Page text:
User interface 604 may include hardware and/or software for accepting user inputs. In one implementation, user interface 604 may accept inputs for white balance, zoom, exposure value, shutter speed, and/or a size of the opening of an iris/diaphragm. In addition, for multiple framing, user interface 604 may accept values for a percentage magnification, a number of frames, a delay between shots, and/or a multiple framing state, which will be described shortly.

A zoom may indicate the desired level of magnification for each shot. An exposure value may convey to device 200 how much light to which light sensor 502 and/or film 316 may be exposed. A shutter speed may specify how quickly shutter assembly 404 opens and closes for allowing a pulse of light to reach film 316 and/or light sensor 502. A size for the iris/diaphragm opening may affect how large iris/diaphragm may open and how much light may reach film 316 and/or light sensor 502.

A percentage magnification may determine how much zoom to apply for each image or picture that is captured or taken during a multiple framing shot. For example, if FIGS. 1A-1C show three pictures taken during a multiple framing shot and if a user has specified 30% for the percentage magnification, the hotel in FIG. 1B may be 30% larger than that in FIG. 1A and the hotel in FIG. 1C may be 30% larger than that in FIG. 1B.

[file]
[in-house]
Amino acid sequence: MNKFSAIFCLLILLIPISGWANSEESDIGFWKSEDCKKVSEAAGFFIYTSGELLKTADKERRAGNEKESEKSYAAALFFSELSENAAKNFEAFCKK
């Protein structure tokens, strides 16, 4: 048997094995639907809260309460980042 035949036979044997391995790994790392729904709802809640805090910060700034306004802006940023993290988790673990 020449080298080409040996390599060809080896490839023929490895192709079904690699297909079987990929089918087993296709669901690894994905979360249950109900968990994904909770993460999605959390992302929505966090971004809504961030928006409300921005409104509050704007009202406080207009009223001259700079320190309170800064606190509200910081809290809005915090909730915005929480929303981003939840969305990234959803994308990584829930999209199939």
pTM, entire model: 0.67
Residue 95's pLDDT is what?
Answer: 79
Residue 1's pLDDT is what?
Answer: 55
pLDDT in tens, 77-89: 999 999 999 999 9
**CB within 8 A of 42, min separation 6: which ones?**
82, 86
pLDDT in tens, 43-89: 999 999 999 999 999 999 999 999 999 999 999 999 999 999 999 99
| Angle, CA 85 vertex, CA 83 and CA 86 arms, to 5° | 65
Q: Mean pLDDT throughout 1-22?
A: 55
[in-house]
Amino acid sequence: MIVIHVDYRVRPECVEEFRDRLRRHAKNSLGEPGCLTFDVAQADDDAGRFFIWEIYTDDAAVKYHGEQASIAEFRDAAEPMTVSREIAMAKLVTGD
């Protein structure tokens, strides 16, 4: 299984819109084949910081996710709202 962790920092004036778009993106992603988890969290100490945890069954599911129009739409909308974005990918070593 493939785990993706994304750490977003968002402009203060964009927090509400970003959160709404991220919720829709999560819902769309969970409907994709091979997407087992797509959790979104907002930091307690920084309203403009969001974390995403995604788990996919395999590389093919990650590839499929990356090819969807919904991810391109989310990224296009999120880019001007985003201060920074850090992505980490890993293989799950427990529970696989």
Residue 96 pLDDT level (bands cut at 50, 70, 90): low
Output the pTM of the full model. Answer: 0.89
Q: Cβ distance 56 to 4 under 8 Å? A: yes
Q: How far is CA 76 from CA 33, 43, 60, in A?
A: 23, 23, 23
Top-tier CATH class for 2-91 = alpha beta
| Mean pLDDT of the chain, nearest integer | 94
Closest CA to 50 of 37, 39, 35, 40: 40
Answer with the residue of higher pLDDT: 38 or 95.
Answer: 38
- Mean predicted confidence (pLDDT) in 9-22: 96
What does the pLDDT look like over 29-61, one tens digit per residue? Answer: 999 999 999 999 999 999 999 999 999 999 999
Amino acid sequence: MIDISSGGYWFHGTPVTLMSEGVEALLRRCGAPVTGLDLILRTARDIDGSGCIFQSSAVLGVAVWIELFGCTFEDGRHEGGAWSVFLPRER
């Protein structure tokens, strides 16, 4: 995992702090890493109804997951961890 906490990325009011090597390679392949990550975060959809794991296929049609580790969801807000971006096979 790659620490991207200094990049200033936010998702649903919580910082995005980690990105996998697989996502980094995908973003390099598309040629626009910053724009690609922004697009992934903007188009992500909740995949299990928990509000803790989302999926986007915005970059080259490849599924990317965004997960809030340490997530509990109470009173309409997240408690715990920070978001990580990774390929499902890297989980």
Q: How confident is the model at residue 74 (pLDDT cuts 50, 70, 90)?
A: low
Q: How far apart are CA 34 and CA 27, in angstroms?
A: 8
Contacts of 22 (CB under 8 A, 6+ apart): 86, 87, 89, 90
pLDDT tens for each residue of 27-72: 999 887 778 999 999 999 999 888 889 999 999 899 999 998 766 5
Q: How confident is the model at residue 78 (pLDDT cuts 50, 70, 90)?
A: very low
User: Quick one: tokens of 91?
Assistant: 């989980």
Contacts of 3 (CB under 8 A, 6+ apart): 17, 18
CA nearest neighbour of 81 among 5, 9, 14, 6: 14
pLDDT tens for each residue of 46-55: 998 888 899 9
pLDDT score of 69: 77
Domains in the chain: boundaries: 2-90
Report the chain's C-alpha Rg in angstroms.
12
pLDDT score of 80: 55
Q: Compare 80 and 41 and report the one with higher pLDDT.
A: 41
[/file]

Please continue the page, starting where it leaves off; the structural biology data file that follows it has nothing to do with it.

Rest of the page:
A number of frames may specify how many pictures are to be taken or images are to be captured in a multiple framing shot.

A delay between framing may specify how long device 200 may wait before taking a picture after taking the previous picture in a multiple framing shot. For example, in FIGS. 1A-1C, if the delay is 0.1 second, the picture in FIG. 1B may have been taken 0.1 second after the picture in FIG. 1A and the picture in FIG. 1C may have been taken 0.1 second after the picture in FIG. 1B.

A multiple framing state may indicate whether device 200 is in a mode for taking multiple framing shots. If the multiple framing state indicates device 200 is in a mode for taking multiple framing shots, a user input for triggering a shot (e.g., clicking on a camera button) may be interpreted by device 200 as a request to take a multiple framing shot.